Reporting their findings in the September 30 New England Journal of Medicine (NEJM), the researchers concluded that the immunotherapy improved survival in children newly diagnosed with neuroblastoma who were at high risk of developing a recurrence and who responded to initial treatment with standard therapies.

Neuroblastoma is the most common cancer diagnosed during the first year of life. The disease arises in the developing cells of the sympathetic nervous system, often leading to tumors in the neck, chest, or abdomen, along with metastases at the time of diagnosis in high-risk patients. Approximately 700 new cases of neuroblastoma are diagnosed in the United States each year, and nearly half of patients have the high-risk form of the disease, with a likelihood of cure around 30 percent (compared with 50 to 90 percent for patients with intermediate- or low-risk disease).

“This trial was a major landmark for a terrible disease,” said Dr. Yu, who conducted the study of 226 patients with her colleagues in the Children’s Oncology Group (COG). After the interim analysis last year, randomization was stopped and the researchers made the immunotherapy available to all eligible patients.

Testing an Idea

The immunotherapy regimen has gone through many versions since Dr. Yu began testing the concept in the late 1980s. The current treatment uses a monoclonal antibody called ch14.18, which binds to a lipid called GD2 on the surface of neuroblastoma cells. This approach enables immune cells to attack the cancer.

Children who received the immunotherapy had already responded to initial treatment with chemotherapy, radiation, and stem cell transplantation. To enhance the killing of cancer cells, the researchers gave the antibody with two immune-stimulating agents, the cytokines GM-CSF and interleukin-2 (IL-2).

“To see the best antitumor effect of the therapy, we wanted to activate as many immune cells that could kill tumor cells as possible,” said co-author Dr. Paul Sondel of the University of Wisconsin, Madison. “The immunotherapy is providing a clear benefit, but it’s not yet the complete answer. Forty percent of patients who are eligible for the therapy are relapsing and dying, so we need to do better.”

To understand why some patients recur within 2 years and others don’t, the researchers are studying the tumors and immune responses of patients, hoping to identify biological markers of response and clues that could make the therapy more effective.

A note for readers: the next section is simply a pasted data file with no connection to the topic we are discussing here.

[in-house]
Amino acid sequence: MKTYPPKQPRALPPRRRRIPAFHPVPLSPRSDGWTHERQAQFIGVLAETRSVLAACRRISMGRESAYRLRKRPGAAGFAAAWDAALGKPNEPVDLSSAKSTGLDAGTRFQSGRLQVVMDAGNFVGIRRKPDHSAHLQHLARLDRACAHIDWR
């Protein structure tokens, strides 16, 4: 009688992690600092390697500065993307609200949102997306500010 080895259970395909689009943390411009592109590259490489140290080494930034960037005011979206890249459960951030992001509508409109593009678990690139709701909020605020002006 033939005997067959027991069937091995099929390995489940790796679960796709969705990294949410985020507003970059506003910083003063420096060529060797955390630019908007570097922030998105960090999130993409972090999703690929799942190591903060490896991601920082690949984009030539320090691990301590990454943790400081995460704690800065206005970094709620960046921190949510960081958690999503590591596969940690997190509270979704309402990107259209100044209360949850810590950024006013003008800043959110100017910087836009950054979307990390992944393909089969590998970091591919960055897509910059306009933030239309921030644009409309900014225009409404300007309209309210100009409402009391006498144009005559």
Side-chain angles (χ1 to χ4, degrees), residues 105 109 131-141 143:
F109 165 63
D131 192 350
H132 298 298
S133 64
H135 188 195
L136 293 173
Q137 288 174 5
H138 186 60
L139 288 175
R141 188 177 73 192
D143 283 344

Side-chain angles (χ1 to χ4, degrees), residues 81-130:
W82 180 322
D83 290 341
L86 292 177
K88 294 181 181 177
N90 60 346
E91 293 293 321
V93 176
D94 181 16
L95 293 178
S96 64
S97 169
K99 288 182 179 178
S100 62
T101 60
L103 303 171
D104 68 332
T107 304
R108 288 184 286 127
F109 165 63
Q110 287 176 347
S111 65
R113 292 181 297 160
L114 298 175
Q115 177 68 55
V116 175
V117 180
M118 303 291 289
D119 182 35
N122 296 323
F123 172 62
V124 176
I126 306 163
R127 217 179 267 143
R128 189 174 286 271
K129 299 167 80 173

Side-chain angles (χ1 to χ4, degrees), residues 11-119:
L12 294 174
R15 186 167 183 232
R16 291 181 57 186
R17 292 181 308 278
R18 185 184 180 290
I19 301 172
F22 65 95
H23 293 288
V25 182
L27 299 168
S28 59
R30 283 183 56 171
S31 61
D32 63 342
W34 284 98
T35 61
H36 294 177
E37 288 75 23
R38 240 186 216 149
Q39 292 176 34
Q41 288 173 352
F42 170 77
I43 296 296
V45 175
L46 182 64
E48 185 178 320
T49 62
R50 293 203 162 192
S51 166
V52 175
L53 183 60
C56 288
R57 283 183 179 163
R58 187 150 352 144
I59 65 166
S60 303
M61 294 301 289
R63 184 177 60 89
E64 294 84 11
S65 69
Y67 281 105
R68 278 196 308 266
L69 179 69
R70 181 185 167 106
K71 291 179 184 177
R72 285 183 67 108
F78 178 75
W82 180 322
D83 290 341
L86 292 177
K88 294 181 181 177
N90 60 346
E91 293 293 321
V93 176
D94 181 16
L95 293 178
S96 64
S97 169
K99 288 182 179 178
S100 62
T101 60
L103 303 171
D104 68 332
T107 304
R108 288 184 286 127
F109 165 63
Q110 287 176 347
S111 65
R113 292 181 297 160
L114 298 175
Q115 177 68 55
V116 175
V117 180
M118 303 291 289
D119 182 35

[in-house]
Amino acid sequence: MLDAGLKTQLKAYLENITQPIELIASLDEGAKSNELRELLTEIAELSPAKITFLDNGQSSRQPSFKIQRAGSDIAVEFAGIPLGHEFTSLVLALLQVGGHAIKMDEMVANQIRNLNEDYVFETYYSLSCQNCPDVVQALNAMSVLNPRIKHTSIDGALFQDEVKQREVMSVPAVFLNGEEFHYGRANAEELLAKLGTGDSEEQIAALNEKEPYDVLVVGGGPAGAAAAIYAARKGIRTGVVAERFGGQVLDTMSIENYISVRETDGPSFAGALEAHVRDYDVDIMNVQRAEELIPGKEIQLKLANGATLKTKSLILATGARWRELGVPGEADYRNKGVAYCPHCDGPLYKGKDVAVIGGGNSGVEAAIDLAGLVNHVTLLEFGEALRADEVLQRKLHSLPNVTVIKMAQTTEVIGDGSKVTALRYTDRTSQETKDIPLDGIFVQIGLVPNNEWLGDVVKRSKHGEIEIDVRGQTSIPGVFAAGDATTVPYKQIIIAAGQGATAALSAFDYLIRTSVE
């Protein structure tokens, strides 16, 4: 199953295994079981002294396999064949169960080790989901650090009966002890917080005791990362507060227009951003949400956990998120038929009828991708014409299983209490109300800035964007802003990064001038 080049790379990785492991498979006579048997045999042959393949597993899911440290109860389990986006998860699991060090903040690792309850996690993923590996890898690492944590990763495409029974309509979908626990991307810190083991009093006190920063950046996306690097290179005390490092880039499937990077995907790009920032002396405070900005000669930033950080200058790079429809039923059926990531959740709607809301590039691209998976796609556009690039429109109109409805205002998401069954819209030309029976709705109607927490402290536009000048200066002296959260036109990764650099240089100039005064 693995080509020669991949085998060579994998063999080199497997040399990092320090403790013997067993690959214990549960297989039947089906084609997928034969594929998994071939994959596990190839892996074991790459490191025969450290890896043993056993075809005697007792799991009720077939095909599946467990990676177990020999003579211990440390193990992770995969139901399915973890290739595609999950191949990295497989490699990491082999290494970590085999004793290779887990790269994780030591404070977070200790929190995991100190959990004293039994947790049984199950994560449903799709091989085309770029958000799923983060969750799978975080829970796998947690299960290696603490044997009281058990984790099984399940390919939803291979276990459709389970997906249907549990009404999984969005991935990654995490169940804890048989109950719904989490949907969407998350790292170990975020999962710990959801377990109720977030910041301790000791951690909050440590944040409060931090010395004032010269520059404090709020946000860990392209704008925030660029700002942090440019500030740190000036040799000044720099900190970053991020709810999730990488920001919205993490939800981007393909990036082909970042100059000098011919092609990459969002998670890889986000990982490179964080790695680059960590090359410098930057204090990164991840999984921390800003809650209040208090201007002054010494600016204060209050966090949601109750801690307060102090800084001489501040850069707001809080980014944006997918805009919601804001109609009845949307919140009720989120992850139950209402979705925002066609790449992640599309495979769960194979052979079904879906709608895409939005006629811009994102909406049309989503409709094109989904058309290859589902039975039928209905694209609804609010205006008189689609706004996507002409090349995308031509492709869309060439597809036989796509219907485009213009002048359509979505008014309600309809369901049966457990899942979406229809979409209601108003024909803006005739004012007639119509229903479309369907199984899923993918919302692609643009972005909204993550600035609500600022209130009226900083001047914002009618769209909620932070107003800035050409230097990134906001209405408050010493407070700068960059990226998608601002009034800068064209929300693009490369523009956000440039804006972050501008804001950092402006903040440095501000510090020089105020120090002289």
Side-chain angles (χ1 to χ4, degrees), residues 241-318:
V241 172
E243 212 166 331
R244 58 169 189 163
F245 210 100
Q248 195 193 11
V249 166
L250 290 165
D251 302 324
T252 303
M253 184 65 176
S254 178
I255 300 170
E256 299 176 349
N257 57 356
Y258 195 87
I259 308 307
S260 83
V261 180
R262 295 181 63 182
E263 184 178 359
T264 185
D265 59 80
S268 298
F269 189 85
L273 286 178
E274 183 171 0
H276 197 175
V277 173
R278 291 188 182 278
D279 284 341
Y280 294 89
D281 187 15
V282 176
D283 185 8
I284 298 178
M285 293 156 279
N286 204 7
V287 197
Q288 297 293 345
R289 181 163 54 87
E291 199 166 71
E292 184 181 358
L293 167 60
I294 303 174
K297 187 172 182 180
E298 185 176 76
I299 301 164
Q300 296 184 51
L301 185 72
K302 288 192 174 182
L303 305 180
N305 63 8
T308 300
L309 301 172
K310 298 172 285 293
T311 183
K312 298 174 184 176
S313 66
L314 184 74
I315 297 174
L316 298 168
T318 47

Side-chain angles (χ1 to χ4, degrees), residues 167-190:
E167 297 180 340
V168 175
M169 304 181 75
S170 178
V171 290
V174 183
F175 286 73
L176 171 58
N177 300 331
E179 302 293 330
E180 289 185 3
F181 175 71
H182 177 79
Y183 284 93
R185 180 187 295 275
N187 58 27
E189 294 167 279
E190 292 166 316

Another challenge is to reduce the side effects of the immunotherapy, such as the pain caused by the antibody and the cytokines. “The side effects are substantial, but we have learned how to manage the pain so that the treatment can be given safely without severe pain,” said Dr. Yu, who noted that less-toxic versions of the immunotherapy are in development.

Persistence and Cooperation Pay Off

The ch14.18 antibody is filled, stoppered, capped, and sealed prior to labeling and distribution to the NCI Clinical Trials Evaluation Program. The ch14.18 antibody is filled, stoppered, capped, and sealed prior to labeling and distribution to the NCI Cancer Therapy Evaluation Program.

The fact that the ch14.18 antibody remained in development as a neuroblastoma treatment is a testament to the persistence and cooperation of Dr. Yu and her COG colleagues. Twice, the small pharmaceutical company that was producing the antibody for early-stage trials was bought by a bigger company, and the second time the producer stopped making the antibody.

A turning point came in 1996, when Dr. Yu flew to Washington, DC, her luggage packed with x-rays and pathology slides from patients in the early-stage trials. A panel of experts examined this evidence and recommended that NCI support the continued development of the antibody-based immunotherapy.

“I’m very grateful for the committee’s decision, because otherwise this antibody would have died,” said Dr. Yu. When no pharmaceutical company was willing to manufacturer ch14.18 for the phase III COG trial, NCI began to produce the agent for the study. 

“So much of the credit for the success of this study goes to researchers like Dr. Alice Yu and Dr. Paul Sondel, who laid the groundwork and showed that the use of cytokines can make the antibody more active when [these are] given together,” said Dr. Malcolm Smith of NCI’s Cancer Therapy Evaluation Program (CTEP).

But the antibody’s history also illustrates the unique role NCI can play in developing more effective treatments for rare diseases such as childhood cancers, he added. NCI supported research from the discovery stage through the phase III study that proved the treatment’s efficacy. NCI then ramped up production of the antibody to have enough for every patient eligible for the therapy, he noted.

The Silver Spring, MD-based United Therapeutics Corp. will take over the manufacturing of ch14.18 and be responsible for obtaining FDA approval for its use in treating high-risk neuroblastoma patients.

25 Years in the Making

Dr. Ralph A. Reisfeld identified GD2 as a potential target for immunotherapy in 1985, and it took nearly 25 years to prove the concept in the clinic. But the researchers point out that the current study could now be a model for testing monoclonal antibodies such as rituximab, trastuzumab, and cetuximab in combination with cytokines as part of therapy for other cancers.